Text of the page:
Since October 3, the anonymous Twitter account “Chris Coleman” has been leaking hundreds of classified documents relating to Moroccan diplomats, secret service, and top government officials such as the Minister of Foreign Affairs Salaheddine Mezzouar. Dubbed “Morocco’s Wikileaks,” the Moroccan magazine Telquel examined why the scandal has been ignored by national and international media outlets alike. It noted the contrast between this cool reception and the shock waves following the Wikileaks publication of U.S. State Department cables in 2010, which sparked public debates on government transparency.
With 3,200 followers to date, the “Chris Coleman” Twitter account has periodically posted documents going as far back as 2008 and as recently as October 2, 2014. These materials include information on Morocco’s diplomatic strategies on the Western Sahara question, its lobbying efforts in Washington D.C., and its cooperation with various international think tanks. Documents about foreign exploitation of natural resources in the occupied Western Sahara have also been released.
The materials feature various scandalous incidents that have yet to be verified or investigated. These include a letter from Mezzouar to his French counterpart, Laurant Fabius, asking for help in securing a job for his daughter at the French branch of the consulting firm, McKinsey. Mezzouar has strongly denied making this request.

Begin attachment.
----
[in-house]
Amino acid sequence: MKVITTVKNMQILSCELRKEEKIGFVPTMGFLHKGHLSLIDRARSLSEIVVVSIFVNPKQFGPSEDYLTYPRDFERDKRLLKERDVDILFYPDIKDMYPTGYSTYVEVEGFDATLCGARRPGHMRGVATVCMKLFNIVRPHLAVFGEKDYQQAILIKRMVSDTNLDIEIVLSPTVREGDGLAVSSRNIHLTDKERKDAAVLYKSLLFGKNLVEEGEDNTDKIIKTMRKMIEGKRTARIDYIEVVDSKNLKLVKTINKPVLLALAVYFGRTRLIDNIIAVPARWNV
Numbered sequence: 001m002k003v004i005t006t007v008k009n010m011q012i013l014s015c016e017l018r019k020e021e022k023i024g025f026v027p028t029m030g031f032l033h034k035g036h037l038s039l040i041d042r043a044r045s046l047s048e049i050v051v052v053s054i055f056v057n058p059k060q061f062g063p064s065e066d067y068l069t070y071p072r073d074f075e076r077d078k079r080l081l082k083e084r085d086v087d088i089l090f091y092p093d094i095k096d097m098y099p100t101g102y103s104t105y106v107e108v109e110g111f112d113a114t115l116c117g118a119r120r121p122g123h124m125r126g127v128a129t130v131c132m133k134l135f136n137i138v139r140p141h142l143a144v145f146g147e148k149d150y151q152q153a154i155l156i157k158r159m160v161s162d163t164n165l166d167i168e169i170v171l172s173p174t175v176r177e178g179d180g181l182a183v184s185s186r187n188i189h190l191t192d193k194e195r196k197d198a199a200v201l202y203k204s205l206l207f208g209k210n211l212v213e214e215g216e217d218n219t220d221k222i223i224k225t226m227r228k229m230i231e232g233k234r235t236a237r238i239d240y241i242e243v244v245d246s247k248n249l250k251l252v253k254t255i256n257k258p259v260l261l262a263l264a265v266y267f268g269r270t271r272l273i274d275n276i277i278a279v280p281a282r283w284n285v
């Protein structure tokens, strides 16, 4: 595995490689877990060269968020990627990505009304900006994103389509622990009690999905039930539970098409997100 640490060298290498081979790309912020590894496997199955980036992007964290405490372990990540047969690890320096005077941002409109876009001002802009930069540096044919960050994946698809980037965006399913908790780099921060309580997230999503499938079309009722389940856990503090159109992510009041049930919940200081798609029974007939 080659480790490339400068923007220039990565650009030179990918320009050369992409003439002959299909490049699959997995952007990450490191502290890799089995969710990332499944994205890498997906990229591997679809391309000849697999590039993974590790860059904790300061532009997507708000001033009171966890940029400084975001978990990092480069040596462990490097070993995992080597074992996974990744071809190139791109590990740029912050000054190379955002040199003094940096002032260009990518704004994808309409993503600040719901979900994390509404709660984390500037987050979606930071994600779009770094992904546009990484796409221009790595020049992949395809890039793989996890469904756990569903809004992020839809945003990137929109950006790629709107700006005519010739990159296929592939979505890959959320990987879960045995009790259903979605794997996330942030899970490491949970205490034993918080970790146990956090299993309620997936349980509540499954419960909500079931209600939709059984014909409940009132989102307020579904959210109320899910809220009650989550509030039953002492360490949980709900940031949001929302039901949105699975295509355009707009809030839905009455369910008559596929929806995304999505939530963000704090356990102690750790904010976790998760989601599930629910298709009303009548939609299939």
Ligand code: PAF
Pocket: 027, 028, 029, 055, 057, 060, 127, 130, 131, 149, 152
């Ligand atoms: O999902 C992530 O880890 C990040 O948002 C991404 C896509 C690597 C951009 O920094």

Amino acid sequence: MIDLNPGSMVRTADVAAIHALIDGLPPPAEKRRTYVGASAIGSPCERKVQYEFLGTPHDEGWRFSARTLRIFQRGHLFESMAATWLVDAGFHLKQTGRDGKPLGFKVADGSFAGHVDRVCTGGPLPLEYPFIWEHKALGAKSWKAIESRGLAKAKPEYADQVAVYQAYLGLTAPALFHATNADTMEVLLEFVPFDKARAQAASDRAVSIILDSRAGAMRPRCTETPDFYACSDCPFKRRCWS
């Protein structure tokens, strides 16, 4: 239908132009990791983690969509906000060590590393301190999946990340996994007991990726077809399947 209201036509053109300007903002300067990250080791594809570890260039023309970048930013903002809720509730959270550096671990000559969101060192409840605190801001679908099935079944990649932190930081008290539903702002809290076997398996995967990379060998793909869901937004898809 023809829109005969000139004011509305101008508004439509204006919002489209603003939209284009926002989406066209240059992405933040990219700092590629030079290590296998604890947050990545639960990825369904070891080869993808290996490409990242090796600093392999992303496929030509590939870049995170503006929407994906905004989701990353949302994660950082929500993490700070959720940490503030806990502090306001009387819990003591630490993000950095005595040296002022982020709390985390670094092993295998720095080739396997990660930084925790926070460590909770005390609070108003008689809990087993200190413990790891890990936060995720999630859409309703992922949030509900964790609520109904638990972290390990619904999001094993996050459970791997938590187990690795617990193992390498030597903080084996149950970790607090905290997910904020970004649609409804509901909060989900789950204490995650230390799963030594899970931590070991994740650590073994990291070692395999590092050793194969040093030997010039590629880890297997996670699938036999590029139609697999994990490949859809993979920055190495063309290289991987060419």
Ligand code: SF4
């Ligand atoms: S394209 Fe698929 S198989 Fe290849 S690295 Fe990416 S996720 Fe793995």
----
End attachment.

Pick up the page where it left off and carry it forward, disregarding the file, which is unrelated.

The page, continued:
As part of the document dump, “Chris Coleman”has targeted the DGED (Moroccan secret service). As reported by Telquel, Coleman accused the DGED of “collaborating with Israeli intelligence. A delegation from Mossad allegedly came to Morocco at the invitation of DGED. As proof, Coleman was content to publish two copies of Israeli passports on which appears no trace of a visit to Morocco.”
So far, government reaction to the leaks has been negligible, most likely to ensure the issue does not gain media traction. However, one foreign ministry official placed responsibility for the leaks with “Pro-Polisario elements,” referring to the Western Sahara’s pro-independence movement supported by Algeria.